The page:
Note: To protect the privacy of our members, e-mail addresses have been removed from the archived messages. As a result, some links may be broken.
> > > Didn't Kansas just OK teaching creationism and not mentioning
> > Yes, Sorry to admit it but our state school board is in the dark ages.
> > they really did was say each district can do with the issue as they
> > That's not leadership, but that's what happens anyway. We spend lots of
> hours (I
> > did) writing standards. And then we go back to our classrooms and do
> > thing anyway.
> Apart from my opinion that the teaching of creationism should be left to
> church and that a teaching of creationism to the exclusion of evolutionary
> theory in the schools shudders of church control of public schools
> (parochial schools are, of course, another matter), perhaps teachers
> so far as they are able, teach or present both. They are both, after all,
> only theories, and both most likely have as many adherents who claim that
> theirs is the 'truth'. Scientific stellar theory, for example, can only
> account for the creation of the universe back to within something like
> 1/200th of second AFTER the 'beginning'. What happened before that they
> not at this time know, but at least they can present evidence and data for
> everything up to that point.
> So, present both as theories, then examine them according to the same
> upon standards/criteria - evidence, consistency, integrity,
> rationality, etc.
> To make clear my own position, although I was raised Methodist and am in
> fact married to an ecumenical church organist, I am religiously an atheist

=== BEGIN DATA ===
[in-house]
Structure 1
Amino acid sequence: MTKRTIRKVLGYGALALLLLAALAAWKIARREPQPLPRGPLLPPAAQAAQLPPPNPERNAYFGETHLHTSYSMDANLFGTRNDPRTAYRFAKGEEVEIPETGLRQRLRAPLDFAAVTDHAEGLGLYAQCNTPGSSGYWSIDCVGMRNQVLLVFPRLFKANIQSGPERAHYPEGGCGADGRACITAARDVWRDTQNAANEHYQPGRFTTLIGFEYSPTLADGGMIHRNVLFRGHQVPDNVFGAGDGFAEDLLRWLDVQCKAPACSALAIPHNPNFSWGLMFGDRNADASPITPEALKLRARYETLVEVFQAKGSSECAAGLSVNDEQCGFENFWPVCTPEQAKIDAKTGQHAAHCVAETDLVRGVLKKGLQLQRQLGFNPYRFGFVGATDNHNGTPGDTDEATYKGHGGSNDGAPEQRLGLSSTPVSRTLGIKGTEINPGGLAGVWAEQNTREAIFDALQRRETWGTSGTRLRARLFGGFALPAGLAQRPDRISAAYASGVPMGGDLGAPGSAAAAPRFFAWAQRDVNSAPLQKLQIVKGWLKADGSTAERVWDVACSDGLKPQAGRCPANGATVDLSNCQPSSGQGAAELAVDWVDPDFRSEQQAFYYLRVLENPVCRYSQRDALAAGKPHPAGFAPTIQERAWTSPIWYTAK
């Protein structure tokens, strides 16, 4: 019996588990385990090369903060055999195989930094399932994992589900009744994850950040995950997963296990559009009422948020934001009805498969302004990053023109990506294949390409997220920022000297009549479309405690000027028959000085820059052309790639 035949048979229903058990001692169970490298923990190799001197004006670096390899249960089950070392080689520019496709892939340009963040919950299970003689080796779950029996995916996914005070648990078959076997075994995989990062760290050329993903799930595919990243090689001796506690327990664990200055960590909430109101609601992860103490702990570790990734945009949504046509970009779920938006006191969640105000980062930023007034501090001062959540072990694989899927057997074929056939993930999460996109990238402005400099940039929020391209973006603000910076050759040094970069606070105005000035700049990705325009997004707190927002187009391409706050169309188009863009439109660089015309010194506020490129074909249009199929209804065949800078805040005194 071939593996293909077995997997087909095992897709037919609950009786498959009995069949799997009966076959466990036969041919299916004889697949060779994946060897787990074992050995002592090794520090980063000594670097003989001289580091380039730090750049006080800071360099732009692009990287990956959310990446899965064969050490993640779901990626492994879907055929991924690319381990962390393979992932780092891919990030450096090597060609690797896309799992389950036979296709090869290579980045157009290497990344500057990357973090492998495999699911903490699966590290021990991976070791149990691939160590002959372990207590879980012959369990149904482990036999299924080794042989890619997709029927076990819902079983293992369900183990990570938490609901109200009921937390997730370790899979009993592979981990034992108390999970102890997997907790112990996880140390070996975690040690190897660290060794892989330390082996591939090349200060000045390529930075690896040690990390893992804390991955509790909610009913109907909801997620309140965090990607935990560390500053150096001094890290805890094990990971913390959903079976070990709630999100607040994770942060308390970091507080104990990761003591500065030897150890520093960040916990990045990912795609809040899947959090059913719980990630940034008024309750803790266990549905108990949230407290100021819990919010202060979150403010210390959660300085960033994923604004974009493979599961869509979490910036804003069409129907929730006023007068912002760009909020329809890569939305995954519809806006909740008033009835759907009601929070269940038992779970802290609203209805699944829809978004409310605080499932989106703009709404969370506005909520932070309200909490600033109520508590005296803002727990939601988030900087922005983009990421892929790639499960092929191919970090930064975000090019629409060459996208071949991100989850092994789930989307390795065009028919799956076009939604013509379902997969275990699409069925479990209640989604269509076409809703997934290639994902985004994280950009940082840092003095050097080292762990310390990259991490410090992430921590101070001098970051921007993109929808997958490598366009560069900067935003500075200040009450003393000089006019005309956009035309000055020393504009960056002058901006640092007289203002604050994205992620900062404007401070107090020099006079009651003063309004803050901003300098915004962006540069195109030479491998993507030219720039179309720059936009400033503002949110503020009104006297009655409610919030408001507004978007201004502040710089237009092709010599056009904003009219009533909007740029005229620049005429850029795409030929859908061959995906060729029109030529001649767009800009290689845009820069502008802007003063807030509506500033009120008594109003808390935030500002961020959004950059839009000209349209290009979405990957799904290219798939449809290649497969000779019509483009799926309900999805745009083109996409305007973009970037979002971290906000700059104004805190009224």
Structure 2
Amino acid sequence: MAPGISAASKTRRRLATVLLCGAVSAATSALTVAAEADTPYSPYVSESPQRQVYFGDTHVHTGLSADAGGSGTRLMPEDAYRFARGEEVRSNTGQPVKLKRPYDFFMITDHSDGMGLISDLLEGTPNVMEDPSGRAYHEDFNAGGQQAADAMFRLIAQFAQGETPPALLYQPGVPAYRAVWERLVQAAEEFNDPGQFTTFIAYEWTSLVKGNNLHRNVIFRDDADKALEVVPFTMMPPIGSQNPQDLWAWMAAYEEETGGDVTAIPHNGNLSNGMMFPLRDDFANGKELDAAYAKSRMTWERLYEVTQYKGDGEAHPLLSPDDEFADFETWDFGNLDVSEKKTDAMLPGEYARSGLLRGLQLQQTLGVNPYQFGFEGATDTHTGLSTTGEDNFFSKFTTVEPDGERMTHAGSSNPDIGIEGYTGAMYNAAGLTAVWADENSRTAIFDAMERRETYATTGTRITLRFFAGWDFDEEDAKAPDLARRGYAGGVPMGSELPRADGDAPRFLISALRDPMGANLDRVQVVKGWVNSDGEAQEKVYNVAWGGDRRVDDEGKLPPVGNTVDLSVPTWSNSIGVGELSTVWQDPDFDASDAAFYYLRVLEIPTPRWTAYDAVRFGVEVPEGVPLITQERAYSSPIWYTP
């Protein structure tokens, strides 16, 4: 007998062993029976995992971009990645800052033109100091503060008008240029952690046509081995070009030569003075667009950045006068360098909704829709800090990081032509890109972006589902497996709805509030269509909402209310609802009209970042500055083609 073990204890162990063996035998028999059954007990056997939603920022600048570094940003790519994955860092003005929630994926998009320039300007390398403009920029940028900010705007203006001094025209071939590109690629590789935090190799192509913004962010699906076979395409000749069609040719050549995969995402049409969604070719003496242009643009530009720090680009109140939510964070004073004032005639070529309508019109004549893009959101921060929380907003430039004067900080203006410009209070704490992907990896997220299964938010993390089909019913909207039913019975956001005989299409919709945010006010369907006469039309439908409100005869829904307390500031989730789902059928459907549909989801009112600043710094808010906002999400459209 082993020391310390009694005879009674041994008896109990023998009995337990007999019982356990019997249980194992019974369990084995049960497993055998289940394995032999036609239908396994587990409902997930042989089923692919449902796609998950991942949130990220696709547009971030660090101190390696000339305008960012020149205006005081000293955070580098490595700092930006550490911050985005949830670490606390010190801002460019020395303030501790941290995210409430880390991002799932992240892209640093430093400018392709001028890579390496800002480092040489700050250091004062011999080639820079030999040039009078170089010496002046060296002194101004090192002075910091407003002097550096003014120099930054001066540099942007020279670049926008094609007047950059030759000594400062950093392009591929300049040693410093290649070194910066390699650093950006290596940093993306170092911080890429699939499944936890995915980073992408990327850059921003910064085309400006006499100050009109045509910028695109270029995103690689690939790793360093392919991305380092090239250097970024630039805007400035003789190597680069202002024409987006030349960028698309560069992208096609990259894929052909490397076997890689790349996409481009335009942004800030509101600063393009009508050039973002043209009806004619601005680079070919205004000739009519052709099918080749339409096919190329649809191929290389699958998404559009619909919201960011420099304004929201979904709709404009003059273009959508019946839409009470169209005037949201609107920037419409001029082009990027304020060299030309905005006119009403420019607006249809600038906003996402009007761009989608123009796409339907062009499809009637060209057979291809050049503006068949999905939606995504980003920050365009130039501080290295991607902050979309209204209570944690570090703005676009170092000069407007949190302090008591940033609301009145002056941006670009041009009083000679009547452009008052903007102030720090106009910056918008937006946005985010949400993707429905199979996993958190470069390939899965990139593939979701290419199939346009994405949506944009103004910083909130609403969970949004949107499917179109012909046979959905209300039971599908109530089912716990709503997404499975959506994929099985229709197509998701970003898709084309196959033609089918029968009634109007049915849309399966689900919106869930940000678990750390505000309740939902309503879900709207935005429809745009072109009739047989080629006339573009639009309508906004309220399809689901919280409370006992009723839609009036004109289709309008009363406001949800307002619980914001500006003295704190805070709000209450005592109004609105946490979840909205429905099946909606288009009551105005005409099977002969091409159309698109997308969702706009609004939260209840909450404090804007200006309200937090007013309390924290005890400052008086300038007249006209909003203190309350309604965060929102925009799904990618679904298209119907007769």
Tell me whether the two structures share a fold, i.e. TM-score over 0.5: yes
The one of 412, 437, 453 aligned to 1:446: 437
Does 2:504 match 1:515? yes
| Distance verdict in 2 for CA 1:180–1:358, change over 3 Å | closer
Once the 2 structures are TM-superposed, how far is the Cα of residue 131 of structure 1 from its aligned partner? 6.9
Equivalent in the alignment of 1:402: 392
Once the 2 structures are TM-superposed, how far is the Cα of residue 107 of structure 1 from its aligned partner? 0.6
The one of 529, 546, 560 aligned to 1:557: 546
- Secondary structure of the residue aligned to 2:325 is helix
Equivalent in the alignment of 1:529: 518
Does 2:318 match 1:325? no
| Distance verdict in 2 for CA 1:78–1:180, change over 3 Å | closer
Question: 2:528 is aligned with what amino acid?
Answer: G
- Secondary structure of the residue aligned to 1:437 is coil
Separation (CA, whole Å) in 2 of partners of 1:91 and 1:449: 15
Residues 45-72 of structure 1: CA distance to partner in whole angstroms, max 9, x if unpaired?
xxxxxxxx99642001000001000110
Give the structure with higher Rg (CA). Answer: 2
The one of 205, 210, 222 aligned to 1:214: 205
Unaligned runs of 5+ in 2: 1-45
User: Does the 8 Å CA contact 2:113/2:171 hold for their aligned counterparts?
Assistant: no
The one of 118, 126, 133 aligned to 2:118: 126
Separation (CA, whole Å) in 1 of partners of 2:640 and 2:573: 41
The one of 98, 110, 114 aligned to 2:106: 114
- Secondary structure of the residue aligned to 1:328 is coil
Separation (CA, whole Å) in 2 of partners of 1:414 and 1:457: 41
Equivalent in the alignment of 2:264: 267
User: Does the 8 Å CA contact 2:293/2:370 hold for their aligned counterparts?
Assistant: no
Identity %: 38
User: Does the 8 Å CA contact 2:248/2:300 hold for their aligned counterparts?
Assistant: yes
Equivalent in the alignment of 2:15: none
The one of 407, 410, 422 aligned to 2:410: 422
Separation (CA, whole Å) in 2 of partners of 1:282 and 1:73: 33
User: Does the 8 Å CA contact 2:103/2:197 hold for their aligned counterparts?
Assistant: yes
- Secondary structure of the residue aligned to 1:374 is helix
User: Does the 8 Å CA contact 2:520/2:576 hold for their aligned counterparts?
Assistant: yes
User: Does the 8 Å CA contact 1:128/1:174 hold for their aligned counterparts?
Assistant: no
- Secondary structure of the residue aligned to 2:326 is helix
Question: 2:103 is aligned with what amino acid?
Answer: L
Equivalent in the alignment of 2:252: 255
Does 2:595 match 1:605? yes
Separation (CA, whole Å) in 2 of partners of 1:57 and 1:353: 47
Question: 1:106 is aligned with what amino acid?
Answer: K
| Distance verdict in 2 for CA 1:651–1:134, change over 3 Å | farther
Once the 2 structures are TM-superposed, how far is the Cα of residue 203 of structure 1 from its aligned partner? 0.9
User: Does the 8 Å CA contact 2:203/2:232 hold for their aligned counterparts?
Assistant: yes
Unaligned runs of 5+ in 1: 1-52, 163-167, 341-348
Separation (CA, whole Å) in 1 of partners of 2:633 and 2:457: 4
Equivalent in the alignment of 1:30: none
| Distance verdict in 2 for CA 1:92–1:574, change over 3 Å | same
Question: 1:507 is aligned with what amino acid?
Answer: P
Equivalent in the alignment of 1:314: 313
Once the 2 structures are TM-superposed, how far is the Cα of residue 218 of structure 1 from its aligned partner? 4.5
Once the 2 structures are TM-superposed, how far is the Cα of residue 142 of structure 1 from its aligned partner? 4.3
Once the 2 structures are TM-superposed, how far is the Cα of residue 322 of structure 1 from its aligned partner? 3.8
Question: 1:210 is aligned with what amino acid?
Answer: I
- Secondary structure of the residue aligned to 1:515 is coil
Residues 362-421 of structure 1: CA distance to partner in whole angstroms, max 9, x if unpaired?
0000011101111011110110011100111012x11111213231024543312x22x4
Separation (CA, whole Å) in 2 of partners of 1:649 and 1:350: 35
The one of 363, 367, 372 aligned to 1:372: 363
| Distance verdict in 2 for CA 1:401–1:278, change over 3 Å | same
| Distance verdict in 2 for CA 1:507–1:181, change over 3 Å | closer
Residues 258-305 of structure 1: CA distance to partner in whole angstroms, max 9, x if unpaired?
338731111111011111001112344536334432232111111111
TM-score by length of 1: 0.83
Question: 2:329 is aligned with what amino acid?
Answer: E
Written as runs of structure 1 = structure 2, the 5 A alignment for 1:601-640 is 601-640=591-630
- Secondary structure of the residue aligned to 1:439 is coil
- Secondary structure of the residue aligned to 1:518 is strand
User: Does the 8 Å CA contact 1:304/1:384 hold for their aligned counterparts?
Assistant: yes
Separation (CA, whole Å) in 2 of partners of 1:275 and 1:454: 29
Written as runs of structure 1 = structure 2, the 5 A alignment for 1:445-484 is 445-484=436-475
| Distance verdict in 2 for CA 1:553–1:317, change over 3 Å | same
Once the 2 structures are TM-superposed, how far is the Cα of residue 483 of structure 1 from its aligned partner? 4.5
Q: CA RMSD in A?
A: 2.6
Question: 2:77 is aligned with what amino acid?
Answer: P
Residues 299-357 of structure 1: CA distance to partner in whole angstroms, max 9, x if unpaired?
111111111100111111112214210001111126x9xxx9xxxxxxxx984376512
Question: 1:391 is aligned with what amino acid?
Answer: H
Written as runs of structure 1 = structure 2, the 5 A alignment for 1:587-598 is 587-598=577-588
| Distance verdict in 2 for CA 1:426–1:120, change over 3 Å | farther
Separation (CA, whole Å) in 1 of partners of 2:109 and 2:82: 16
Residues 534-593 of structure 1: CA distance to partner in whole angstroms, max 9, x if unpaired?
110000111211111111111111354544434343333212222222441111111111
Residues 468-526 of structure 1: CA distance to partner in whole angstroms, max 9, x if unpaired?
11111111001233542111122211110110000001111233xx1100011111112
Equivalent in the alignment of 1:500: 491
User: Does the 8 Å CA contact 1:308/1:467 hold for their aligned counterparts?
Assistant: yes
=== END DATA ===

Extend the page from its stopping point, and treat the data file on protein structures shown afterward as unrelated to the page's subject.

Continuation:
> and philosophically an agnostic. By this I mean that religious belief is
> just that - a belief. It depends on how you answer the question, "Do you
> *believe* that there is a God or gods?" This is not a question of
> ("Do you *know* that there is a God or gods?"). Philosophically, I admit
> lack of knowledge in either direction. Gnosticism was an early form of
> religious belief based on an experience by the individual of God's
> upon which someone based their belief in the implied 'fact'. I have never
> experienced anything which would lead me to believe that there is a
> being or beings'. Thus, I am A-gnostic.
> Interestingly, as science has delved deeper and deeper into the fabric of
> the universe through quantum studies, it has become clearer and clearer
> the deeper we look, everything is the same at the most sublime level. A
> point the Taoist have maintained since the writings of Lao-tse nearly
> years ago. Everything else is created from this fabric by our perceiving
> minds (like waves in an ocean by the effects of wind and gravity) and is
> a sense, when compared with the nature of the pervasive ocean, illusion.
> Or, Maya, as the Hindus have referred to it.
> I leave it to you teachers to consider these things and then do your own
> thing, but be sure that you are being fair to the children.
> Larry Parker